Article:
This fundamental belief in democracy colors his approach to Israel. “I think it’s really important that we continue to strengthen and promote the democratic ideals that we share between the United States and Israel,” Neumann told JI. “I support the very strong and ongoing relationship and the bipartisan relationship that the United States has with Israel. She called on the United States to support Israel and the Palestinian Authority “in their work toward a two-state solution,” and also expressed support for the Abraham Accords and “growing and improved relations in the region, which is great for everyone.”
Neumann pledged to support the Biden administration’s quest to re-enter the Joint Comprehensive Plan of Action “and ensure that Iran does not achieve the capability to produce nuclear weapons.”
Early in his career, Neumann worked briefly in the Jewish professional world before earning his graduate degrees, first as a journalist at the New Mexico Jewish Link then as a communications professional with the American Jewish Committee.
“I felt really connected to the Jewish side of my family, and I was really interested in learning and working with an organization that works globally, and then learning more about Israel and international relations in general” , she said. Neumann has visited Israel twice with the Charles and Lynn Schusterman Foundation’s REALITY trips to the country.
“She came [to AJC] with a deep interest in global affairs,” AJC media relations director Kenneth Bandler told JI. Neumann was Bandler’s first recruit after her debut with the organization in the late 1990s. Bandler recalls that she helped organize a relief concert after a massive earthquake hit Turkey in 1999 The event, organized with the Turkish and Israeli consulates in New York, featured bands from Turkey and Israel. “She had a very positive outlook,” he said.
While working on her PhD, Neumann gained field experience at the intersection of global health and international development. She spent time researching the Thailand-Burma border, and later served as a senior adviser to the State Department’s Global Women’s Business Initiative, a program launched by the Secretary of State for time, Hillary Clinton. Neumann also developed the Global First Ladies Alliance, which worked with wives of world leaders to help them develop and implement their own priorities. “No one ever asked them what their opinion was, of course. They were never treated with respect, to be honest, fully,” said Neumann, who helped create the program that convened the first ladies to discuss how to make an impact.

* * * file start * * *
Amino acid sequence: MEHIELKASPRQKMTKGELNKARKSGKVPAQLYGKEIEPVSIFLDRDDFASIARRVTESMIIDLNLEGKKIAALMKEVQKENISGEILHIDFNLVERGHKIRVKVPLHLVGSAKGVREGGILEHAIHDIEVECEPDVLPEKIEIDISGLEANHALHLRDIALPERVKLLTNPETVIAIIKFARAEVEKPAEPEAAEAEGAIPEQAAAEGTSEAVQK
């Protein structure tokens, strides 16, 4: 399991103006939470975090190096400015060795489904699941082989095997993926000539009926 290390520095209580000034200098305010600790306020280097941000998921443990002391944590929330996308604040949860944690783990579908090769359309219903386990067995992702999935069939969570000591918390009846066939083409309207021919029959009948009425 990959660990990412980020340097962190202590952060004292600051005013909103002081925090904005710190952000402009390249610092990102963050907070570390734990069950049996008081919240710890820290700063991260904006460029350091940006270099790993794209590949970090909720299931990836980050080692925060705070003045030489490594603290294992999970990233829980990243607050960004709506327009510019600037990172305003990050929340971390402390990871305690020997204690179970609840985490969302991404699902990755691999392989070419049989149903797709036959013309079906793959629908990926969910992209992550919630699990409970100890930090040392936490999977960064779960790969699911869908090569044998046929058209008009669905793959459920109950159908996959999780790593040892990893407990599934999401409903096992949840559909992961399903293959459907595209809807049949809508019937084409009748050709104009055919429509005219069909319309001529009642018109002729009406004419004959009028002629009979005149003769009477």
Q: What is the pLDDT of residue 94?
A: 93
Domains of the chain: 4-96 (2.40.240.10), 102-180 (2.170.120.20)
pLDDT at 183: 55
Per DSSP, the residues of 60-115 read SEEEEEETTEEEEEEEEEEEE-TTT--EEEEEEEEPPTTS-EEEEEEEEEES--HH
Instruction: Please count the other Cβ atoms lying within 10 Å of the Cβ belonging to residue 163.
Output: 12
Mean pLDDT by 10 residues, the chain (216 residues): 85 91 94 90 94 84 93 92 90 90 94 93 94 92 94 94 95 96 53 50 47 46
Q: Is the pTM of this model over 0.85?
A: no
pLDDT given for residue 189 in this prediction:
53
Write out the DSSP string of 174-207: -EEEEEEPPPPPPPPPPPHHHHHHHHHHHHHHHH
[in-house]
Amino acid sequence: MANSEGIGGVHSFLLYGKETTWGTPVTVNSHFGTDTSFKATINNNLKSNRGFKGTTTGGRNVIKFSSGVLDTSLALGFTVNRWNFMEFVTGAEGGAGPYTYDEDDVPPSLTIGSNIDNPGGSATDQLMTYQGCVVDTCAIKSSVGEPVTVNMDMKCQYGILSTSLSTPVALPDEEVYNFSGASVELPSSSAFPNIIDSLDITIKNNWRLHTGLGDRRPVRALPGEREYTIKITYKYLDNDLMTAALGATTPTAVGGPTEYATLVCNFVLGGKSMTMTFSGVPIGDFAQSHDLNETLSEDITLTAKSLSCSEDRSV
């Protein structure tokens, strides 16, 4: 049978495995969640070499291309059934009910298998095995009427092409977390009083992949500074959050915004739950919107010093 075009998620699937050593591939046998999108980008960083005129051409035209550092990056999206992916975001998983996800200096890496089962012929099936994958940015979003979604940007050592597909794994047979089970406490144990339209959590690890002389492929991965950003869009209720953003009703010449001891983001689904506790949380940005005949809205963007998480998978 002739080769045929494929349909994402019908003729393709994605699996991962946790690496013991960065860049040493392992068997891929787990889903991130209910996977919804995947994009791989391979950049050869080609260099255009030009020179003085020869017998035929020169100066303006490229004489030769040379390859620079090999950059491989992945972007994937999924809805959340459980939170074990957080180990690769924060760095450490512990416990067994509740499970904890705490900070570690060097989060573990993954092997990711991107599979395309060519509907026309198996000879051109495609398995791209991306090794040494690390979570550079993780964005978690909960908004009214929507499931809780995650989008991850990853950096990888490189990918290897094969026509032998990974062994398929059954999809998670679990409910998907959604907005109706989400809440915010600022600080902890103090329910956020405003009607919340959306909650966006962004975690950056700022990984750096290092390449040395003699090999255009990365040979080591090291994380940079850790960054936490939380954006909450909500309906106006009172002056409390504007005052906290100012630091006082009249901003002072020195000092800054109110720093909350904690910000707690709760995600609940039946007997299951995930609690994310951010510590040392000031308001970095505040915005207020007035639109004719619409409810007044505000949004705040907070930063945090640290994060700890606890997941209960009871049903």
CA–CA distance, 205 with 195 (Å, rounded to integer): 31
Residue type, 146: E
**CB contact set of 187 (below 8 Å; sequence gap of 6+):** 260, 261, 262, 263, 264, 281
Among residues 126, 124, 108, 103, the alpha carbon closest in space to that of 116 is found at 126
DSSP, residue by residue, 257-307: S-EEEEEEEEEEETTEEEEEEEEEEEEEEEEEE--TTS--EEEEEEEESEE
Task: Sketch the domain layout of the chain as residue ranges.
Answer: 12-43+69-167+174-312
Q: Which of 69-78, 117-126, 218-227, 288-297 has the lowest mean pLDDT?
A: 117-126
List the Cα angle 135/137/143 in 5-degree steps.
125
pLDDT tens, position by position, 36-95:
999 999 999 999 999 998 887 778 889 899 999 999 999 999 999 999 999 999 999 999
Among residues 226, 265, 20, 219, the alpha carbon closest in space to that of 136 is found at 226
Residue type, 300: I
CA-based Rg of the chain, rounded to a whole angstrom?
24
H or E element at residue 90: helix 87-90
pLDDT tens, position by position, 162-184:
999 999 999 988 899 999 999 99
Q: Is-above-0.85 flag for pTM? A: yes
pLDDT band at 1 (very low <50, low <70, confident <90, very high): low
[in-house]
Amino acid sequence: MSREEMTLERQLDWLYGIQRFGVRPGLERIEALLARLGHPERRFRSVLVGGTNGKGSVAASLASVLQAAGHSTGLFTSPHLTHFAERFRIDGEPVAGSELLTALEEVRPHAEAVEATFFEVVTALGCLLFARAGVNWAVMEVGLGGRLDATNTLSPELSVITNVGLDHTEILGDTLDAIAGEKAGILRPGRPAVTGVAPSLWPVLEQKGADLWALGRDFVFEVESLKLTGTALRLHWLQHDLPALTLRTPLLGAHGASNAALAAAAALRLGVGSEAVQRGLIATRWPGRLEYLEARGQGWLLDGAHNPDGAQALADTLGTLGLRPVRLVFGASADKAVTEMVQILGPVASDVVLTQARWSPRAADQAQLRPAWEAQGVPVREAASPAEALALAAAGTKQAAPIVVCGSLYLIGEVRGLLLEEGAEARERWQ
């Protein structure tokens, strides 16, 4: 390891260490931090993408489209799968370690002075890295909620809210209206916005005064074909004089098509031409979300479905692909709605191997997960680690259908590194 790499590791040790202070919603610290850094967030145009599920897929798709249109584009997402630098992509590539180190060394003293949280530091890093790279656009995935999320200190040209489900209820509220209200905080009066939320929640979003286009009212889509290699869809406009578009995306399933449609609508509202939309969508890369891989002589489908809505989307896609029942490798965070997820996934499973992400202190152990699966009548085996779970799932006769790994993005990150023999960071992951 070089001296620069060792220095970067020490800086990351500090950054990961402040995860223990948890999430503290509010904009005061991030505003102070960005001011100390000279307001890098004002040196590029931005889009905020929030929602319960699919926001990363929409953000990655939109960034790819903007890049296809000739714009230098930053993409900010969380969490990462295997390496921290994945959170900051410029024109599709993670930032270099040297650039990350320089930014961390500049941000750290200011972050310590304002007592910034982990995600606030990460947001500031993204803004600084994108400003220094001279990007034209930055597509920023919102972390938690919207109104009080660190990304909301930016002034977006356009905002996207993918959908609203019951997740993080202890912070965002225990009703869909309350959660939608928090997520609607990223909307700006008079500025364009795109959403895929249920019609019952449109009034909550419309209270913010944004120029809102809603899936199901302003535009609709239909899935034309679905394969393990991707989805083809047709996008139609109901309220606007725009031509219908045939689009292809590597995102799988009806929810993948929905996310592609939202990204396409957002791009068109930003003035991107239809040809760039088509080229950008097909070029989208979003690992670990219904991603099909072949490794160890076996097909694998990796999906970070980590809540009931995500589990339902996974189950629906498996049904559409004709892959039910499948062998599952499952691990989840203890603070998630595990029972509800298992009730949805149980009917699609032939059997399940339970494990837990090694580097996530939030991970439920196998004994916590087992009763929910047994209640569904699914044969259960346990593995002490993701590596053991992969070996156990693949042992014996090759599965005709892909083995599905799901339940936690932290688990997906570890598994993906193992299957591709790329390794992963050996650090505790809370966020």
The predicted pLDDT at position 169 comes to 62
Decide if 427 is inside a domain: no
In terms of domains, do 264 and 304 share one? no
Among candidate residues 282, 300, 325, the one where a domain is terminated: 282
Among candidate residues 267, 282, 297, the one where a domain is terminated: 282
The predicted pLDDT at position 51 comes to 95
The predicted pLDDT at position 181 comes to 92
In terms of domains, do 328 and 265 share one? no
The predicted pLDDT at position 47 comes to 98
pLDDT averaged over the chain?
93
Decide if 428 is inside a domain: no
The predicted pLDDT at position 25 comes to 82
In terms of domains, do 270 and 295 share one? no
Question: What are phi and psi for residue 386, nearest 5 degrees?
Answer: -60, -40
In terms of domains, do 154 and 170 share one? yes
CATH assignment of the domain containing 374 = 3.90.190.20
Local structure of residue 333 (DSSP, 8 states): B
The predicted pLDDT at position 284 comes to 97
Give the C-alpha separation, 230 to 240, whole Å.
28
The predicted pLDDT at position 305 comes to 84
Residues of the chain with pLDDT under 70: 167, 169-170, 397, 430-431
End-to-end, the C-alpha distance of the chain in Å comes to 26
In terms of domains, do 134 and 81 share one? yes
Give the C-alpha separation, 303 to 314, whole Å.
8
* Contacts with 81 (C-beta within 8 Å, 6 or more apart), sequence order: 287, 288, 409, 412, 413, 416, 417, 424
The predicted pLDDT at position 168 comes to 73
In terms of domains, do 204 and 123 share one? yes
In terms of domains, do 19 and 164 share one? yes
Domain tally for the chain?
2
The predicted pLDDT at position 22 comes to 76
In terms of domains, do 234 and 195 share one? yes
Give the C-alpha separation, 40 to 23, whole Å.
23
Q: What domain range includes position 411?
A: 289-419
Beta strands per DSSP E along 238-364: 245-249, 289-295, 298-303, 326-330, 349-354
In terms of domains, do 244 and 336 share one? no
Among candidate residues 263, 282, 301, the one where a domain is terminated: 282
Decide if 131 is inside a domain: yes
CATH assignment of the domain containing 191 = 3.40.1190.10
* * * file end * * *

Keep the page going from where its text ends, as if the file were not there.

Her interest in topics like women’s empowerment and equitable health care was not politics but a sense of justice. “I was the kid on the playground who got mad at bullies,” she said. Later, during her graduation, she worked with “rural communities, tribal communities, displaced populations and witnessed enormous needs,” Neumann said.
Living in Washington, DC, it was years before Neumann and her husband, who grew up in Hungary and Germany, could both find opportunities in Montana in their chosen fields. “My whole generation, the majority of us had to leave for work or school,” she said. “Being able to stay in Montana for life is often a privilege.”
The couple moved to Bozeman in 2015, when Neumann started a nonprofit that formed coalitions with Indigenous communities, conservationists, hunters and ranchers to preserve public lands. During the COVID-19 pandemic, she put her knowledge of public health to good use. She had worked on Ebola before, and she knew a pandemic would be most devastating to “our rural, remote, and tribal communities,” Neumann noted. “It’s my skill. So I just wanted to put myself to the best possible use of serving our communities during this time.
The nonprofit she started, We Are Montana, worked with local leaders to bring aid and personal protective equipment to communities in need across the state. “People may have to drive five or six hours to get care. So we were also airlifting supplies to certain communities and just making sure, trying to keep our ears to the ground and cater to the most needy populations in the state,” Neumann said.
Her discussion of public health during the election campaign did not focus on COVID-19, which she said “will become endemic.” But she called for a stronger national take on the toll of the virus and a stronger response to the mental health crisis that has emerged in its wake. “We have just, as a country and a world, gone through a mass traumatic event,” she noted. One outcome, she argued, is that “hate is on the rise in all its forms”, and called for a multifaceted approach.
“Between political division and mass trauma and loss, we cannot wait. We need to make sure that people get the care they need on the one hand, and that we protect those who might be targets,” she noted.
Voters will not see this political division or Neumann partisanship. His television commercials leave out his political party, opting instead for an image of a folksy, no-nonsense Montanan in a fleece-lined vest and prominent belt buckle.
“I hate political ads, but I love my granddaughter,” her “Noonie” says in one ad, where the two women chat over a cup of coffee. “Give them hell, baby.”